Category Archives: spirituality

Liminality

I have been thinking a lot lately about where I have been, and where I am going next. It feels a little unsettling, this sensation of knowing I am done with a certain phase of my work life but not yet identifying a clear direction for the next phase.

It reminds me of a concept that was introduced to me nearly half my life ago (22 years, as I am nearly 44) during my college graduation, the notion of liminal space, the place where all transformation takes place. Author and Theologian Richard Rohr describes this space as:

where we are betwixt and between the familiar and the completely unknown. There alone is our old world left behind, while we are not yet sure of the new existence. That’s a good space where genuine newness can begin. Get there often and stay as long as you can by whatever means possible…This is the sacred space where the old world is able to fall apart, and a bigger world is revealed.

I am very much there now.

Some people arrive at this threshold state due to a change in their external world, and I suppose there are circumstantial factors that pushed me here. But my own transformation feels very internally driven, these nudges from my soul making themselves known in a fuller way.

As an anthropological phenomenon, liminality is typically marked in some way with ritual because there is a certain rite of passage the individual must traverse. Teenagers are “liminal beings” for example, as neither children nor adults.

I also find it fascinating that liminality can apply to spatial or temporal dimensions, can be applied to a variety of subjects: individuals, larger groups (cohorts or villages), whole societies, and possibly even entire civilizations. Wikipedia cites examples of groups of people who live betwixt and between, such as immigrant groups, or racial or sexual minorities, often living at the periphery of dominant culture.

As a multi-ethnic person myself, I experience the world in a sort of liminal way. I often see certain intersections in a way that possibly would not occur to someone living within the dominant culture. I now see this capacity as a gift, rather than another way I do not “fit in” to most groups.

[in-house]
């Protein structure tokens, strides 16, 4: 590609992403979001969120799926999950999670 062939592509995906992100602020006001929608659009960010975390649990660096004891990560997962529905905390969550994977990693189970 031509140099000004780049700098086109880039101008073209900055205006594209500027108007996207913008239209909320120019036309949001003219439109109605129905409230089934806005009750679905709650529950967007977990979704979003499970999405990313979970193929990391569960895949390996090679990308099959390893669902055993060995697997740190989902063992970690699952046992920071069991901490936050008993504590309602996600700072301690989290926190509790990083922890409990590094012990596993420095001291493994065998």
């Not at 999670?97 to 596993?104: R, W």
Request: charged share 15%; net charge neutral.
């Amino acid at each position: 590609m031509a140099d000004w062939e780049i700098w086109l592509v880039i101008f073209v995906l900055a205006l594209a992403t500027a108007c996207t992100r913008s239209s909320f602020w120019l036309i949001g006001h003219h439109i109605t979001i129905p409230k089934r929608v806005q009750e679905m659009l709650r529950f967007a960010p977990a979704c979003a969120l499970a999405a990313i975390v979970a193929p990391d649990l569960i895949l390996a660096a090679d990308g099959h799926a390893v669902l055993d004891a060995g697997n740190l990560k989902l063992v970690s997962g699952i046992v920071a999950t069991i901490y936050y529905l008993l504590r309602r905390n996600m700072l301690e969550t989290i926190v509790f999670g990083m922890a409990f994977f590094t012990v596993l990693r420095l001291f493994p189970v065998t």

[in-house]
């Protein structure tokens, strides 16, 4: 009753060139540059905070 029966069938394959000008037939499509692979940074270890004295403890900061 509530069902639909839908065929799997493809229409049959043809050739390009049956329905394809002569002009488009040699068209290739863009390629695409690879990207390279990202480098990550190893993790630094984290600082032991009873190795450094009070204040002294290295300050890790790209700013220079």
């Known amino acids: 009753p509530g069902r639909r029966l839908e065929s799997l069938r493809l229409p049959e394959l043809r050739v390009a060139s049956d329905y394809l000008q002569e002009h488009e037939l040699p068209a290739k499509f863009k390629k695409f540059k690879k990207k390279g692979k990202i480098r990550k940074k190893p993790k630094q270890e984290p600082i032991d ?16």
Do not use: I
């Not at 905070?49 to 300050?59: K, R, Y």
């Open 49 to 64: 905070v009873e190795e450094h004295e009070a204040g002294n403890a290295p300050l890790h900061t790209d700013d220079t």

The ambiguity of such liminal periods in our lives is best met with creativity and openness. Being in community with others facing big transitions seems to help. I believe getting in tune with what our souls are calling forth is how we must ground ourselves during this time. Maybe these liminal periods are what clear away the “junk” of domesticated normalcy and wake us to the potential we had not seen before.

In some ways, I see the culture around me undergoing a transition as well. Absurd things are happening in our world. We cannot see these in the same way we always have, and yet, we struggle to know what this new thing will become. But rather than fear this ambiguity, I believe we must embrace it. We must find ways to exist with our contradictions, and realize this is a part of a transformation of consciousness that requires us to evolve as humans.

The sooner we understand that we are all in this together, that separation is the illusion, the better we can move forward and embrace new ways of being. In the meantime, we are in a process of becoming conscious, neither asleep nor fully awake. We are on the threshold of change, and it is time to mindfully awaken to a new reality.

 

 

Advertisements

Saturday Share

This Saturday Share will be a little different, as I feel compelled to share a poem this time rather than a blog. This poem has haunted me since I heard it read by Liz Gilbert last weekend during our workshop on creative living, when it sent chills down my spine.

It is entitled Breaking Surface, and I linked to it and copied the text below with attribution and tremendous respect for Mark Nepo. The bold type is mine.

Breaking Surface

Let no one keep you from your journey,
no rabbi or priest, no mother
who wants you to dig for treasures
she misplaced, no father
who won’t let one life be enough,
no lover who measures their worth
by what you might give up,
no voice that tells you in the night
it can’t be done.

Let nothing dissuade you
from seeing what you see
or feeling the winds that make you
want to dance alone
or go where no one
has yet to go.

You are the only explorer.
Your heart, the unreadable compass.
Your soul, the shore of a promise
too great to be ignored.

***

 

Two hundred!

This is my 200th post on this blog!

I have been posting daily since last October after launching in September. It seems fitting that I celebrate this milestone while in Scottsdale Arizona to see two of my favorite authors, Liz Gilbert and Martha Beck at a Celebrate Your Life weekend event.

martha beck2

Martha Beck – photo credit link

Friday evening a group of maybe 700-800 women attended a conversation with both of them in which they talked about the kind of magic that springs forth when we trust our true nature rather than culture. Martha spoke about the fact that we are participating in a shift in human consciousness. But it is a transformation that will involve joy and rest, not continuous striving.